Incidence rate estimation, periodic testing and the limitations of the mid-point imputation approach. International Journal of Epidemiology, : doi.org/10.1093/ije/dyx134 (2017).

Publication Latest Publications

Title: Incidence rate estimation, periodic testing and the limitations of the mid-point imputation approach
Authors: Vandormael A, Dobra A, Barnighausen T, de Oliveira T, Tanser F.
Journal: International Journal of Epidemiology,:doi.org/10.1093/ije/dyx134 (2017)

Journal Impact Factor (I.F.): 7.738
Number of citations (Google Scholar): 5

Abstract

Background: It is common to use the mid-point between the latest-negative and earliest-positive test dates as the date of the infection event. However, the accuracy of the mid-point method has yet to be systematically quantified for incidence studies once participants start to miss their scheduled test dates.

Methods: We used a simulation-based approach to generate an infectious disease epidemic for an incidence cohort with a high (80-100%), moderate (60-79.9%), low (40-59.9%) and poor (30-39.9%) testing rate. Next, we imputed a mid-point and random-point value between the participant's latest-negative and earliest-positive test dates. We then compared the incidence rate derived from these imputed values with the true incidence rate generated from the simulation model.

Results: The mid-point incidence rate estimates erroneously declined towards the end of the observation period once the testing rate dropped below 80%. This decline was in error of approximately 9%, 27% and 41% for a moderate, low and poor testing rate, respectively. The random-point method did not introduce any systematic bias in the incidence rate estimate, even for testing rates as low as 30%.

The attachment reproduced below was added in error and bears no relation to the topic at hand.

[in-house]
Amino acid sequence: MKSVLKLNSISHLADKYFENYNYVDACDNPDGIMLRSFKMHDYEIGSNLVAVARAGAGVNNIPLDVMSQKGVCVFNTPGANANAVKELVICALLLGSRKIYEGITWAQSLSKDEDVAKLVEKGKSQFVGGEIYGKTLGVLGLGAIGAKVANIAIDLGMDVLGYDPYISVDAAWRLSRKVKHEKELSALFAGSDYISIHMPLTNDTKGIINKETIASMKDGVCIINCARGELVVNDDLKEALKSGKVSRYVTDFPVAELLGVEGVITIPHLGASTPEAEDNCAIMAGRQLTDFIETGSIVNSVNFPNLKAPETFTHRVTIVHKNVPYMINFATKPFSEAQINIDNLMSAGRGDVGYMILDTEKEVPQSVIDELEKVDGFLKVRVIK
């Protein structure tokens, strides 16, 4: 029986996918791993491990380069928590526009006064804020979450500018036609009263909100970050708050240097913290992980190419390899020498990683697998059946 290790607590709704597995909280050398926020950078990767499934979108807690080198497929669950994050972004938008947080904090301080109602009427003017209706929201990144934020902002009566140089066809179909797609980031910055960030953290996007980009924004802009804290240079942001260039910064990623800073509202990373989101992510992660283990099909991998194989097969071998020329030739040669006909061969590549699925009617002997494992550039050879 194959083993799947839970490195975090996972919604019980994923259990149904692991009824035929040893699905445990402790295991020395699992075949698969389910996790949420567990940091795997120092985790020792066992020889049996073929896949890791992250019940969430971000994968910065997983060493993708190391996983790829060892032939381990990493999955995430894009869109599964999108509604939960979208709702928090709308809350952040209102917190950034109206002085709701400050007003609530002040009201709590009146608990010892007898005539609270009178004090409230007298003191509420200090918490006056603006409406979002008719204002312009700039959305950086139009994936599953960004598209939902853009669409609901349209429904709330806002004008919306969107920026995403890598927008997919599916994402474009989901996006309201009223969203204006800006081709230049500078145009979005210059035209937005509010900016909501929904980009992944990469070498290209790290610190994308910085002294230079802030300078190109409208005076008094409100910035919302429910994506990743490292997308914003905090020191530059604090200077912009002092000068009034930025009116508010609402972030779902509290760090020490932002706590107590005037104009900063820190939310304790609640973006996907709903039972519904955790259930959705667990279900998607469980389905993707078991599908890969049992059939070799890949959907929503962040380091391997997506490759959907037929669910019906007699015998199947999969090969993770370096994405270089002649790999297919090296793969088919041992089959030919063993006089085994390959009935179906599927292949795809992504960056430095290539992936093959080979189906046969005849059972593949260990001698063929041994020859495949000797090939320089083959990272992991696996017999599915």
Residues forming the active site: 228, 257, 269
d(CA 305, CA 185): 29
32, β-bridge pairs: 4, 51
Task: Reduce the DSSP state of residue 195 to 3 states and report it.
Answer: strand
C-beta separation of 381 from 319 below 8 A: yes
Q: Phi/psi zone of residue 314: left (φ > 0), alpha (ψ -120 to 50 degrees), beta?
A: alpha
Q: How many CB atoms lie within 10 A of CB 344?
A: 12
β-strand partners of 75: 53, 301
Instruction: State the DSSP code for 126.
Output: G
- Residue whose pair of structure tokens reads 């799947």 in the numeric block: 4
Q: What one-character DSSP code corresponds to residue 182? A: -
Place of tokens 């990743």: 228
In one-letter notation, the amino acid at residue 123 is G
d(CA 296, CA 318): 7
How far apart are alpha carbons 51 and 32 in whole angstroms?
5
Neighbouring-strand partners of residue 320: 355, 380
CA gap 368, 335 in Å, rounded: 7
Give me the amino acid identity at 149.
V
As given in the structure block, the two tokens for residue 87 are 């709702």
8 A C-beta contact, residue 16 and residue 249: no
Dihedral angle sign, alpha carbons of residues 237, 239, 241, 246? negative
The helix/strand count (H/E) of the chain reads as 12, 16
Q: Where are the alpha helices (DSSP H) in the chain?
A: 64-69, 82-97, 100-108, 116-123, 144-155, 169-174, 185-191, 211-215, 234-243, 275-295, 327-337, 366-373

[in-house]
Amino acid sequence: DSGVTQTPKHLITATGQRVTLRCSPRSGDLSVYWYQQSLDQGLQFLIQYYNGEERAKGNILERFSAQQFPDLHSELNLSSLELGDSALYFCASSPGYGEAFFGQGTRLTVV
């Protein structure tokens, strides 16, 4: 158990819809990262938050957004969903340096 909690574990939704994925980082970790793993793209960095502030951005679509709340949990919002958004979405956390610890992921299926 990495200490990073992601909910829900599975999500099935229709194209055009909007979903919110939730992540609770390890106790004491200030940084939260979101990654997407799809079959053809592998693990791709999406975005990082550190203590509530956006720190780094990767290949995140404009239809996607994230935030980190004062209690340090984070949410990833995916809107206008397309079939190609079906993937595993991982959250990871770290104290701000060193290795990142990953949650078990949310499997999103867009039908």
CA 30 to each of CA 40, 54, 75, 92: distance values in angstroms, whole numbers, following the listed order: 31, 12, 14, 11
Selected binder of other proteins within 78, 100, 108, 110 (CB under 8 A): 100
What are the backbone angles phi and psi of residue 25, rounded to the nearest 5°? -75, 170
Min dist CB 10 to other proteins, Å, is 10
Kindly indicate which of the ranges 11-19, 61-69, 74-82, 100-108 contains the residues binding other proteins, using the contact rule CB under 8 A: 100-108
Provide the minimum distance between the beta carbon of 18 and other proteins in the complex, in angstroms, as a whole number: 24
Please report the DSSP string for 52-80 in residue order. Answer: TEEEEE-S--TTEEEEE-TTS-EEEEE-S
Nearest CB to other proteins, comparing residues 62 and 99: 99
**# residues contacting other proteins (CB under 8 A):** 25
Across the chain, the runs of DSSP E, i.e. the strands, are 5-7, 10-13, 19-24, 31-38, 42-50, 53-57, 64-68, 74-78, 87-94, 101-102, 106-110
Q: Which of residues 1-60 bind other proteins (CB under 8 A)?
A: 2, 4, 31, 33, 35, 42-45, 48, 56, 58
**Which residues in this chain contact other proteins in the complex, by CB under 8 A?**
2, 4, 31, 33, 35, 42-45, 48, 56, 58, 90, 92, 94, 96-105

Conclusions: The mid-point assumption of the infection date is unjustified and should not be used to calculate the incidence rate once participants start to miss the scheduled test dates. Under these conditions, we show an artefactual decline in the incidence rate towards the end of the observation period. Alternatively, the single random-point method is straightforward to implement and produces estimates very close to the true incidence rate.

Download: Full text paper

Citation: Vandormael A, Dobra A, Barnighausen T, de Oliveira T, Tanser F. Incidence rate estimation, periodic testing and the limitations of the mid-point imputation approach International Journal of Epidemiology,:doi.org/10.1093/ije/dyx134 (2017).


HIV-1 drug resistance before initiation or re-initiation of first-line antiretroviral therapy in low-income and middle-income countries: a systematic review and meta-regression analysis
Journal: Lancet Infectious Diseases (2017)

Universal test and treat and the HIV epidemic in rural South Africa: a phase 4, open-label, community cluster randomised trial
Journal: Lancet HIV (2017)

Longitudinal trends in the prevalence of detectable HIV viremia: Population-based evidence from rural KwaZulu-Natal, South Africa
Journal: Clin Infect Dis. (2017)
All publications...


Page design updated by Tulio de Oliveira, 2013